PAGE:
- You want to be an early adopter. If your company “brand” is about being cutting edge or experimental and you can derive marketing value from what you do, you should look at point experiments with immersive experiences that make a good story. For example, luxury car manufacturers are in a race to be the first to demo a car in the metaverse as it shows their target audience that they are “innovators.”
- Your target audience is already buying into the metaverse idea. The earliest adopters (as was the case with the internet) are the gambling, gaming, and porn industries, so if you’re targeting typical demographics for these industries, it’s time to experiment. These are highly experiential markets, hence the early adopters. Others in a similar vein include music artists creating experience spaces such as the ABBA virtual concerts or Snoopverse.
- There’s a piece of your business that will genuinely benefit from interactive rehearsal – an evolution of the IoT and digital twin market. If you have engineers who maintain nuclear reactors then being able to rehearse maintenance in an experiential manner in an “as-real” environment is immensely beneficial.
- You’re prepared to experiment to learn, without necessarily generating business value today – innovation should be continual, and who knows what you could uncover by “playing around” in a metaverse virtual reality replica of your office, or factory, or shop. However, be prepared for the fact that the only business case for this is one of encouraging people to look differently at things.
If you don’t fit any of these categories, then it’s probably OK to watch and learn and keep thinking about when it could work for you. There’s a lot of focus on the future of office work and distributed working, and the idea that the metaverse could be a substitute for the pre-pandemic in-person meetings and watercooler moments. However, this would be a considerable shift in human behaviour as well as a significant technology investment.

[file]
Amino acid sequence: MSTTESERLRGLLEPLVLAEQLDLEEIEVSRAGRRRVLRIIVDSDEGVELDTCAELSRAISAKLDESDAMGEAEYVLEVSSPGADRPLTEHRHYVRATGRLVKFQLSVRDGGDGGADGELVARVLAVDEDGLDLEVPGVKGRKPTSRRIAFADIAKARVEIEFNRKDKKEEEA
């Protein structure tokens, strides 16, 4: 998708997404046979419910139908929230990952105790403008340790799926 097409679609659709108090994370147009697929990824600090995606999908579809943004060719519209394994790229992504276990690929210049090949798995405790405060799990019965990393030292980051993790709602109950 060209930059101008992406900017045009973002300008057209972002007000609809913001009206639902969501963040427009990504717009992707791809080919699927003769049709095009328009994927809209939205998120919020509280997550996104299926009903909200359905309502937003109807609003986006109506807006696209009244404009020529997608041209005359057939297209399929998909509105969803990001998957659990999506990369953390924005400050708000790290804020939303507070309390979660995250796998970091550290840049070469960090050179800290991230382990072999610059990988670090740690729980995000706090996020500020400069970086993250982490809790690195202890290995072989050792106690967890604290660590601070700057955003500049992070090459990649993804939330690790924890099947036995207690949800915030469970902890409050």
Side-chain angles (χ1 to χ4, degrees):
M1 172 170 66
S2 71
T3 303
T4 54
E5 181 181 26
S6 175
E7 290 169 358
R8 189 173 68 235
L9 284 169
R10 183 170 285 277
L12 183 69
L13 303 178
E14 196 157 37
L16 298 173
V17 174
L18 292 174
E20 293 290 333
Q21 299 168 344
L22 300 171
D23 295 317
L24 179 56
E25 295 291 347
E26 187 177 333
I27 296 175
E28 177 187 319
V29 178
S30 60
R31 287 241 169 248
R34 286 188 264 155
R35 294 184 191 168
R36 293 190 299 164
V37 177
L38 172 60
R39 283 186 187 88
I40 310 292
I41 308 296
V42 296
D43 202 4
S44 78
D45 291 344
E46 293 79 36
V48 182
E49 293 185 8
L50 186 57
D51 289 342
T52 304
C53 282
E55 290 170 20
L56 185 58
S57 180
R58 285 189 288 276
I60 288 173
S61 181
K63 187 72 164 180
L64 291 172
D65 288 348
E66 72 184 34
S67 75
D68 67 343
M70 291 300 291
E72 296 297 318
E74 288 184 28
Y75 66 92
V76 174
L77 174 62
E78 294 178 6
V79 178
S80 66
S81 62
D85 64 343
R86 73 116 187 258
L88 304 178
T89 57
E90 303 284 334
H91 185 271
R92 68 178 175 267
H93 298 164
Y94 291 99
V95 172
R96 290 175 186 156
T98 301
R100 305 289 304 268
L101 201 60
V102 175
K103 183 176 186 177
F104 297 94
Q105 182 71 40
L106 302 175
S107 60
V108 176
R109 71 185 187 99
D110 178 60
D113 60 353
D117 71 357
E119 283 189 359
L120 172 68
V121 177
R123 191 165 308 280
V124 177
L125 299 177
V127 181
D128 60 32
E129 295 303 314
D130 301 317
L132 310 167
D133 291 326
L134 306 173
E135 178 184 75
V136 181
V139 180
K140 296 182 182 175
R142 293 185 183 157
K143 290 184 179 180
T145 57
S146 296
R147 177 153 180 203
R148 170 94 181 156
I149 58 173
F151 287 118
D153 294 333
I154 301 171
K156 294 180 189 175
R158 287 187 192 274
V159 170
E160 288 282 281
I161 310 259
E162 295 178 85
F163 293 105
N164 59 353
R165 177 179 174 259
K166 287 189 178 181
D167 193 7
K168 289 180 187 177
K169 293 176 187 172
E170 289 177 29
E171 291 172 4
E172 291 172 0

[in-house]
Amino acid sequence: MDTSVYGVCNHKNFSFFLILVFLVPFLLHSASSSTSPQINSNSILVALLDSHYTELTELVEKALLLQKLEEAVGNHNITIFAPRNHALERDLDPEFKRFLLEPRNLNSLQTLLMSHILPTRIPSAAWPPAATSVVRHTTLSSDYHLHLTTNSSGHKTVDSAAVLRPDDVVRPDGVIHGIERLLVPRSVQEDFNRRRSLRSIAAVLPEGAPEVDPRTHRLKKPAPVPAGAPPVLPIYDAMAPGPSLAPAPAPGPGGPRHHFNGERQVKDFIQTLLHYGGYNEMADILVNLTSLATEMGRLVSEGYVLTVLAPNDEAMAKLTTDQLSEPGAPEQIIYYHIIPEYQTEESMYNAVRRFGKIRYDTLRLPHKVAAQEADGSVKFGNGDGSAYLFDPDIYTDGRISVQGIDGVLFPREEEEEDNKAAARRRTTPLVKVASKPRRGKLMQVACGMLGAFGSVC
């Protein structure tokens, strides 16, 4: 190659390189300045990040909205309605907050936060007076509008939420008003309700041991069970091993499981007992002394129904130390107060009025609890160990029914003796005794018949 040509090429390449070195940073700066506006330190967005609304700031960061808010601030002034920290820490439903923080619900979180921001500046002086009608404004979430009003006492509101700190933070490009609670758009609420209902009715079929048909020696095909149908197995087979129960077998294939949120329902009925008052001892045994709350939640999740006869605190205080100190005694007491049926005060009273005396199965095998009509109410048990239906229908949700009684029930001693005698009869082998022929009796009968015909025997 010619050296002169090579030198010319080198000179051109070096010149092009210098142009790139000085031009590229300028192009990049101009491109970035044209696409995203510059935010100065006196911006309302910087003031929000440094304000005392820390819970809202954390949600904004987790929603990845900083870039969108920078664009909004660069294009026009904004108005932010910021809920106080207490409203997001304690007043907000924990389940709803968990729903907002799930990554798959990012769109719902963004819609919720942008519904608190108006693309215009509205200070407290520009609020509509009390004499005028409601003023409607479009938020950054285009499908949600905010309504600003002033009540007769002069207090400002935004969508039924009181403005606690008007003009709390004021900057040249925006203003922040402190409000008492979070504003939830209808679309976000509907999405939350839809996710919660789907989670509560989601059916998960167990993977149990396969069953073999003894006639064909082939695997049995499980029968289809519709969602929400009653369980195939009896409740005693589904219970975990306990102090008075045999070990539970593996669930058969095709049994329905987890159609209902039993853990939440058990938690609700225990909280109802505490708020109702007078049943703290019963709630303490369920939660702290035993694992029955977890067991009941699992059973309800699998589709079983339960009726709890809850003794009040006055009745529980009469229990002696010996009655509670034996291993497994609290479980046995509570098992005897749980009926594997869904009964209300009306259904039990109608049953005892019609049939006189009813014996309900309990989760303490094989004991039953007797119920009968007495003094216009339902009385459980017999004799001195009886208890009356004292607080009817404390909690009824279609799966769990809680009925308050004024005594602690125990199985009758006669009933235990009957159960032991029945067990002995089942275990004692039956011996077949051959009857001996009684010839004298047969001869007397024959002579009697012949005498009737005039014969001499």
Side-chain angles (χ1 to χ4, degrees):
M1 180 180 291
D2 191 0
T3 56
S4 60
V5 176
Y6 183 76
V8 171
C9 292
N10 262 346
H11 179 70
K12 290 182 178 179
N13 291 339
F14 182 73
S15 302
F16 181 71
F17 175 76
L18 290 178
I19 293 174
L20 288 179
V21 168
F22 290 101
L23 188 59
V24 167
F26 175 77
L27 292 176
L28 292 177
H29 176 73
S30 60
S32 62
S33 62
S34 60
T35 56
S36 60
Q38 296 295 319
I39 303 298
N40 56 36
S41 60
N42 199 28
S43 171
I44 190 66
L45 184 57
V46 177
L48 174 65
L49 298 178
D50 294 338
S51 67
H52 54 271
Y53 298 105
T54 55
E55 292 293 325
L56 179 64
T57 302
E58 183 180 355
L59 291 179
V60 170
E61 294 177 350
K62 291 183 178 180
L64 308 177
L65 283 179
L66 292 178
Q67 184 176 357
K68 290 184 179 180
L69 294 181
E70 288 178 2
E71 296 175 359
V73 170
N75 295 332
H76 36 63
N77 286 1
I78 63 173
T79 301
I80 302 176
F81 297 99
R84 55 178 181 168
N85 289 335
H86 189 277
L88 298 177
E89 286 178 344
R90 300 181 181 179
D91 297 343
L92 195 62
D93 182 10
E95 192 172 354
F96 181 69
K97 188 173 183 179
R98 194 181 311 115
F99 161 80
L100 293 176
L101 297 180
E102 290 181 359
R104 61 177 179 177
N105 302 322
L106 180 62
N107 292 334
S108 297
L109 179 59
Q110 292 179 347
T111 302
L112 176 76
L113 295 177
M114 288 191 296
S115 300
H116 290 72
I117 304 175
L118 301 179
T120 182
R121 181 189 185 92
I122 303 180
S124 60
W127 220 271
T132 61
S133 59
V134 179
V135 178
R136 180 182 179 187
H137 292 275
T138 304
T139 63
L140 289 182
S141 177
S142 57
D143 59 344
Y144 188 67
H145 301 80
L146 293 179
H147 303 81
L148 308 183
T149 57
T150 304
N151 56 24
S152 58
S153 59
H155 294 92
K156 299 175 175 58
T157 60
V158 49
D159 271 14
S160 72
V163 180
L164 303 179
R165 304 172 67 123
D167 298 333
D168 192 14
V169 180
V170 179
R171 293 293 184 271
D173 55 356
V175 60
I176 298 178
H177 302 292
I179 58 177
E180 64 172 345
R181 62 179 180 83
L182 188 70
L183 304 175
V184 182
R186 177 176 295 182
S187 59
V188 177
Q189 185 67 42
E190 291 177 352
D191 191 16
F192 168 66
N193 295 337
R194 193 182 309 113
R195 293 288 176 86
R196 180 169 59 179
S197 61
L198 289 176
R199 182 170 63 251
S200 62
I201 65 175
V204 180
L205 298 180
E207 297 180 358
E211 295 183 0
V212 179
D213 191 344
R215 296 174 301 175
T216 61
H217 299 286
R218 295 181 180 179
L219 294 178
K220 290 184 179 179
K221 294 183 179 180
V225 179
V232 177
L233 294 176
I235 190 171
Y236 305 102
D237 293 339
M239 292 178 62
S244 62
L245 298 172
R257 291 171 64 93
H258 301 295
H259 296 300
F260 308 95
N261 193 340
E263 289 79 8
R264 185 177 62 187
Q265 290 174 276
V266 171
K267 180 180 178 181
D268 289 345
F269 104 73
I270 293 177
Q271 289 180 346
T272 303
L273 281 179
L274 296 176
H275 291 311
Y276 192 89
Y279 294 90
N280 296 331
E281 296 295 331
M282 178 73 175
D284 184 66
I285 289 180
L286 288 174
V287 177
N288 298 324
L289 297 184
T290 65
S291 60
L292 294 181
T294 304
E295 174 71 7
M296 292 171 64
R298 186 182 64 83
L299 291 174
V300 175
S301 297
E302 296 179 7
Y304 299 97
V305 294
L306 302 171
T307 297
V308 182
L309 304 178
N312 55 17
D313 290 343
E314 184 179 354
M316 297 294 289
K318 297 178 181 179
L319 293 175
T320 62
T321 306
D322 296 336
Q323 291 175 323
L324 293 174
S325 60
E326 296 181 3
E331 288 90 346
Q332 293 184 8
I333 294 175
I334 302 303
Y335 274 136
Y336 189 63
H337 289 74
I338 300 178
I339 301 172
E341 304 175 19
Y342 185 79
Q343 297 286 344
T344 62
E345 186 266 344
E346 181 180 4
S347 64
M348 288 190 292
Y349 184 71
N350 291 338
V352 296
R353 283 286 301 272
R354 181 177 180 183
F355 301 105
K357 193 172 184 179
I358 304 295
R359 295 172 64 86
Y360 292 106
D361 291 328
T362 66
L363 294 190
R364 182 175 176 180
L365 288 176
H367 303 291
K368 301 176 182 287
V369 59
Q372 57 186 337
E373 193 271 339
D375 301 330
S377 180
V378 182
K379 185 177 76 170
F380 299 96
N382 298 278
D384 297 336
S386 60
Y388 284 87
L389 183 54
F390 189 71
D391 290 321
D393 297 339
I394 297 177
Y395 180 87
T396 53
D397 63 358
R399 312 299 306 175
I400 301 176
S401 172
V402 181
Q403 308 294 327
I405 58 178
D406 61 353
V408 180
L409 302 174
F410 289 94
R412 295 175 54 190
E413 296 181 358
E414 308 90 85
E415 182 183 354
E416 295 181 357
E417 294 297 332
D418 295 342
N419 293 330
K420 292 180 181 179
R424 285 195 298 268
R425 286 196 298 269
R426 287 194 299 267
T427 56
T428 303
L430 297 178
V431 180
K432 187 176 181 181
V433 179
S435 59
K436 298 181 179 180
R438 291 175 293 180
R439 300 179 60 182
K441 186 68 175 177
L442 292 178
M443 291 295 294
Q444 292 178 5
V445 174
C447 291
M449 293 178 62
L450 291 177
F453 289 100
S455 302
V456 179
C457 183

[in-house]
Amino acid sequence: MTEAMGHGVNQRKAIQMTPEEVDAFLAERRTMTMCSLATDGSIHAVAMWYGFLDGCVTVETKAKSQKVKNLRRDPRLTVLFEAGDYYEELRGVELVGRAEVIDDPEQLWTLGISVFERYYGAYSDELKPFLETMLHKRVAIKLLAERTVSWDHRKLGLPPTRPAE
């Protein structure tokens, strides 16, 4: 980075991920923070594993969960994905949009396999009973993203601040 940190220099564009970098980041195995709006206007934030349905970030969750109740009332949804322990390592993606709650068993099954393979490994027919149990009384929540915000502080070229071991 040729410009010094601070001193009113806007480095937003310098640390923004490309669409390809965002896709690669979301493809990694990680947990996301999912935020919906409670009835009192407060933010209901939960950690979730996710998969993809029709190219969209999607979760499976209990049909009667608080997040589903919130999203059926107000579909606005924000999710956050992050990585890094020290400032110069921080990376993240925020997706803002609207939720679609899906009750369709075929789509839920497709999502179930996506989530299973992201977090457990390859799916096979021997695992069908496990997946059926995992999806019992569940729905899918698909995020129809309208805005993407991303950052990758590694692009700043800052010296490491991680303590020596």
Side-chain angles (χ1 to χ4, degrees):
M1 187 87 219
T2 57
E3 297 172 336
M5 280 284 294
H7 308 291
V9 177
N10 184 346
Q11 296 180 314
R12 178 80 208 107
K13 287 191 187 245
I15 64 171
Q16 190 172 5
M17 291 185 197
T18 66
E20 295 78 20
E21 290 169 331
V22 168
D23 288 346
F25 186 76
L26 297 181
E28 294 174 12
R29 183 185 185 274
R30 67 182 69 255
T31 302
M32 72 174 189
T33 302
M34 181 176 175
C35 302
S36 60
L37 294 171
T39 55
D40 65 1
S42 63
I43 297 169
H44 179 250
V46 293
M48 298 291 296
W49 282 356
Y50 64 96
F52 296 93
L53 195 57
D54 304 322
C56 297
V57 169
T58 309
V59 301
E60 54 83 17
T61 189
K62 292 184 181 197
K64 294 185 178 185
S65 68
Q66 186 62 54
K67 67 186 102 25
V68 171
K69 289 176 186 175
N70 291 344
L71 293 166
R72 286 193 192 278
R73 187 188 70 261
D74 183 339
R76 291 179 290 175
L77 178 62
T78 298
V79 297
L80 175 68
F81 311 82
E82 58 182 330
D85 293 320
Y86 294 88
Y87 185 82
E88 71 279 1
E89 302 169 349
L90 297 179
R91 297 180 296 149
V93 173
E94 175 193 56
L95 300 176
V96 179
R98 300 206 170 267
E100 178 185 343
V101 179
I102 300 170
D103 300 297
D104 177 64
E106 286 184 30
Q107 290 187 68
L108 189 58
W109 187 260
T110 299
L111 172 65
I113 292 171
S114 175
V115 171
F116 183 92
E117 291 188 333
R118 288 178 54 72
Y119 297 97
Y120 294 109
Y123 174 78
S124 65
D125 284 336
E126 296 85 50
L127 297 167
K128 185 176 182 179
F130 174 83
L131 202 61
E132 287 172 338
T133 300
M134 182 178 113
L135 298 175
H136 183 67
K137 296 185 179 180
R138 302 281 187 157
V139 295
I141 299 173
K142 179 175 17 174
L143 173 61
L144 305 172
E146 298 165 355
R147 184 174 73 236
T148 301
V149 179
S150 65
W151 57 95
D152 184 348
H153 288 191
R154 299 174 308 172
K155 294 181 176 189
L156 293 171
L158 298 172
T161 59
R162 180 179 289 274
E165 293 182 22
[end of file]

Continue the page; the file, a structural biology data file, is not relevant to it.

New things to think about
The societal implications and shift in human emotions that the metaverse will bring are only just starting to emerge. Are virtual interactions really the same thing as in-person ones? Does a virtual touch mean as much as a human one? Could people really live entirely in the metaverse? Reality is, every human is different and is likely to have a different reaction.
Identity in the metaverse also needs to be explored – how representative of you should that avatar be? Can you have a different personality and values than you have in real life, not to mention visual appearance, physical attributes and different clothing? This questions everything that creates initial trust between people.
In addition, there’s already much discussion about the impact of things like digital sexual assault and what happens regarding death in the metaverse. We still haven’t really gotten to the bottom of these in the world of the internet; establishing a societal convention in a digital interactive world is going to take quite some time.
All of this means it may be a while before the cost benefit of the technology investment and the emotional change journey needed to implement the workplace metaverse become viable (at scale at least). However, that should not stop experimentation.
The upshot is, the metaverse is here and rapidly evolving. There may be some reasons you should consider it. You should definitely experiment if you can justify it. One day you’ll need a presence there, otherwise you will be invisible to people, just as if you don’t have a website today. But true connectivity and immersion are still in the future, so you have time. Don’t be overwhelmed by the hype, don’t fear it, focus on the “why” you should do it, and if you get the opportunity, you might as well pick up a headset and try a little experimentation.